Dinner was a quiet, but pleasant affair. Leonard loved non-replicated food, and he always took advantage of opportunities to enjoy it. Spock excused himself soon after dinner was over and beamed back up to the ship to do some sort of research. Kirk and Sandra disappeared not long after that. Leonard continued to chat with Mark Jackson — they discovered that they had both grown up in Georgia, so they had plenty in common. When Jim and Sandra showed up again an hour or two later, Leonard went back to the ship with the captain.

The sound of the intercom startled Leonard awake. He jumped out of bed and grabbed some clothes before he had even pressed the button to answer — he'd been called in the middle of the night too many times before.

"McCoy here."

"Doctor, please come to the captain's cabin at once. It is an emergency."

Even in medical emergency mode, his gut reaction to Spock's voice was always snark. He had nearly said something about the Vulcan's obvious emotion before he realized that the emotion he heard was fear. Jim must be in serious trouble.

"I'll be right there, Spock."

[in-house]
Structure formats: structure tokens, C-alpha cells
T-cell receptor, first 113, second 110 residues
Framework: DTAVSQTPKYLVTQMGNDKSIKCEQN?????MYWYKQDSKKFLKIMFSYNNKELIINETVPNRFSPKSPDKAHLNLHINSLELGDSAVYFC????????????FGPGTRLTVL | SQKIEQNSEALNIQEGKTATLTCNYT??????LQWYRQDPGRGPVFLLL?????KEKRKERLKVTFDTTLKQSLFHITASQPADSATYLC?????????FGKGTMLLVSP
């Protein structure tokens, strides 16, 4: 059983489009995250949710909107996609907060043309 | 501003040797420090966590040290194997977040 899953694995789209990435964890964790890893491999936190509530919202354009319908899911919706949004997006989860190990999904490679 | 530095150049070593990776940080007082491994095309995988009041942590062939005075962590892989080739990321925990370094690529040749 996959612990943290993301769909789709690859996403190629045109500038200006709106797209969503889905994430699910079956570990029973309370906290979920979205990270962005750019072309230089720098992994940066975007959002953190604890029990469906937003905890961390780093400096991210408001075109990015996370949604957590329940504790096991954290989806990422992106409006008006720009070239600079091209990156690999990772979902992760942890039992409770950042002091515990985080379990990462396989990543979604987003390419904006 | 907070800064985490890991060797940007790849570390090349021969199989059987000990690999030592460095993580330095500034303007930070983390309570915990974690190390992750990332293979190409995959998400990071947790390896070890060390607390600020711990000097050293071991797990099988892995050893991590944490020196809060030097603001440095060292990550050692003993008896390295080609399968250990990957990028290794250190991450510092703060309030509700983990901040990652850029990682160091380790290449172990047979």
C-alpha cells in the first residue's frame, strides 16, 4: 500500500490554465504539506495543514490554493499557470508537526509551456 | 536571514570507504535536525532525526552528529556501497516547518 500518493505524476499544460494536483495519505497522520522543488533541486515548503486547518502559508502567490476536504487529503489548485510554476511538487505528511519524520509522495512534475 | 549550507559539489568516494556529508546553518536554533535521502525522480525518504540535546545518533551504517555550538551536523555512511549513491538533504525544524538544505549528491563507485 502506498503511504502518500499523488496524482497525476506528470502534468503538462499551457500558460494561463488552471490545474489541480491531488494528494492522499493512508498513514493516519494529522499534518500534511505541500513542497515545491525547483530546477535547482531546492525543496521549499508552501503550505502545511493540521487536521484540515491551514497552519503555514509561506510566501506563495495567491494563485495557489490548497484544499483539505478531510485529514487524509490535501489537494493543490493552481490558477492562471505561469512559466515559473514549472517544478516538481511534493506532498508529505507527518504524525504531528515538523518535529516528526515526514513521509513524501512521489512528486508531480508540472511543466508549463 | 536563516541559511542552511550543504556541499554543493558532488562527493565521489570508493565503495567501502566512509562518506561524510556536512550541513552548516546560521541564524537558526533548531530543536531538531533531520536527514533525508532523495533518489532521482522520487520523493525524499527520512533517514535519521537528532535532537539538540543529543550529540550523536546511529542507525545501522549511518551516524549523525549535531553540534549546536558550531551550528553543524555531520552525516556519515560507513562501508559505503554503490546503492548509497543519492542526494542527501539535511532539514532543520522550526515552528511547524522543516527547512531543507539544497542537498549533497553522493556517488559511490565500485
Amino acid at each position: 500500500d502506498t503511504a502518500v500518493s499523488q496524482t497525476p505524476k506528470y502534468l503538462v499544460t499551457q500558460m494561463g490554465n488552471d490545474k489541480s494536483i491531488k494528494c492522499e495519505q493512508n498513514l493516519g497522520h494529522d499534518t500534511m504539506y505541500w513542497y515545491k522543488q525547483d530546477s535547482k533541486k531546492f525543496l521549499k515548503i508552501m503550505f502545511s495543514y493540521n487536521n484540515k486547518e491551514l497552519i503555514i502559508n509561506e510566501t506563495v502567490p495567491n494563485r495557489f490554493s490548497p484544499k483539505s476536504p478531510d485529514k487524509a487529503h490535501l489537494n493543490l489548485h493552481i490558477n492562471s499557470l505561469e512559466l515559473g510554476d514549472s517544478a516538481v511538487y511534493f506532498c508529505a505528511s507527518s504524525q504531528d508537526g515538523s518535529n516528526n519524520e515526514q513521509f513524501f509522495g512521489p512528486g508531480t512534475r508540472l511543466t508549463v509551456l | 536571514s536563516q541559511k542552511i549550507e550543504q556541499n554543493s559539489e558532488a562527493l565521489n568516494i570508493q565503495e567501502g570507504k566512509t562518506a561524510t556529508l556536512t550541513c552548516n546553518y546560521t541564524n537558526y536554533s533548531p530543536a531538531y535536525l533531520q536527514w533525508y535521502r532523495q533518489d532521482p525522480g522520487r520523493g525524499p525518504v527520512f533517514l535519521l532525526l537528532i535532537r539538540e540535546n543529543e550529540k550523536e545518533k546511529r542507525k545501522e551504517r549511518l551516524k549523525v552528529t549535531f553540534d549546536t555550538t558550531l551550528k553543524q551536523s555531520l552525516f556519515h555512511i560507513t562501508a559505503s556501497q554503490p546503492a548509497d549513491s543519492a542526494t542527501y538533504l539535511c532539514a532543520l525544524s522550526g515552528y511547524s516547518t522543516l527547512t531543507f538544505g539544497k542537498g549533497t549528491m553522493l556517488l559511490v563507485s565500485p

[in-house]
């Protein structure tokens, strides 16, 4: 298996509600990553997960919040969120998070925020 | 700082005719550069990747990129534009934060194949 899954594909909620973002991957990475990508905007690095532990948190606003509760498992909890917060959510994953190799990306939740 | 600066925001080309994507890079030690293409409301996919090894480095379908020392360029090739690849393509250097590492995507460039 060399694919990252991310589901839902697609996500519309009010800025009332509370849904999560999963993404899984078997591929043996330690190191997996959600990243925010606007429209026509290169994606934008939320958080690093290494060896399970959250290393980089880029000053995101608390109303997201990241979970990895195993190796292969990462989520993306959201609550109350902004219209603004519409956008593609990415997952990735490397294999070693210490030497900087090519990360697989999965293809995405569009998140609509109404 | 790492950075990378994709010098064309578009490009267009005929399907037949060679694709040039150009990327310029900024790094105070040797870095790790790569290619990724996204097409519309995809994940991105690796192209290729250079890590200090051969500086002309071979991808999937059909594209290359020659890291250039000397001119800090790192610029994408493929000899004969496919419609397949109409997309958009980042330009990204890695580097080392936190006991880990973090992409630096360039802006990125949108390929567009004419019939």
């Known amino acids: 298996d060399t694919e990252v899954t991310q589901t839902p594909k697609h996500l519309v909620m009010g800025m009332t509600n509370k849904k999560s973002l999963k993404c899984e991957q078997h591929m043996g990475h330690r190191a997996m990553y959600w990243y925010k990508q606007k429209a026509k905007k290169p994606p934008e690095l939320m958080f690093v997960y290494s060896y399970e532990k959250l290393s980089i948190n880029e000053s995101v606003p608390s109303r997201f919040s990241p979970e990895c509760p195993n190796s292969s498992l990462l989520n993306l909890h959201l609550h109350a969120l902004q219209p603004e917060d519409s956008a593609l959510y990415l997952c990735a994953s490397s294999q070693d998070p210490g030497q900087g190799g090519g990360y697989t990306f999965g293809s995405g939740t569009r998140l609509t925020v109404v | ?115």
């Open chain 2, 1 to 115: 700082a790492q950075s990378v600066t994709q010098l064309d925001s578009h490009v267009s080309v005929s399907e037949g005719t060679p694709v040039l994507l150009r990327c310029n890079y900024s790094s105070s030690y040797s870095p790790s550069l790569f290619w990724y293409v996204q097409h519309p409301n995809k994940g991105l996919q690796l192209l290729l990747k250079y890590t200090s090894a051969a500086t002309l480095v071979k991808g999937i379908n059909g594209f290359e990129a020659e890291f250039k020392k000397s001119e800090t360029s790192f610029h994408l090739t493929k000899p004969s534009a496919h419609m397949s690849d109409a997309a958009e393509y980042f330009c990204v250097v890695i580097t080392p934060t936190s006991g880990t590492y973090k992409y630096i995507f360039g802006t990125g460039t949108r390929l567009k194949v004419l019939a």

He grabbed his emergency medical kit, and ran to the captain's room.

When Leonard got there, Jim was on the floor in the fetal position. He was shaking, his face was in a grimace, and he was gripping one of his first officer's hands with both of his, as if his life depended on it. His breath hissed between his teeth as he gasped, clearly in pain.

Leonard began to consider what might have caused this kind of pain as he knelt down next to Jim. He was about to reach his hand out to feel Jim's forehead, when he saw that another hand had gotten there first. Leonard turned in surprise to see Spock sitting cross-legged beside him, with an intense look in his eyes that he could not place. It was like . . .

He looked down at the hand again, and suddenly he remembered another Spock. He slapped Spock's hand away from Jim's face, yelling, "Get away from him, Mr. Spock!"

He was surprised to see Spock obey him immediately, almost jumping back, and wrenching his other hand from Jim's grasp. Spock stood up straight, put his hands behind his back, and asked quietly, "Can I help you, Doctor."

"For one thing . . ." Leonard decided to start by giving Jim a sedative. If nothing else, he would at least be unconscious while he was in pain. ". . . you can tell me what happened."

"I was in meditation at 0147 when I heard the sound of the captain dropping from his bed, as well as several noises of distress. I entered the captain's cabin, and attempted to determine what was troubling him. I received no response, aside from his taking my hand, as you saw. It was then that I decided to contact you. I have been able to determine that he is fevered, experiencing muscular spasms, and is not thinking coherently."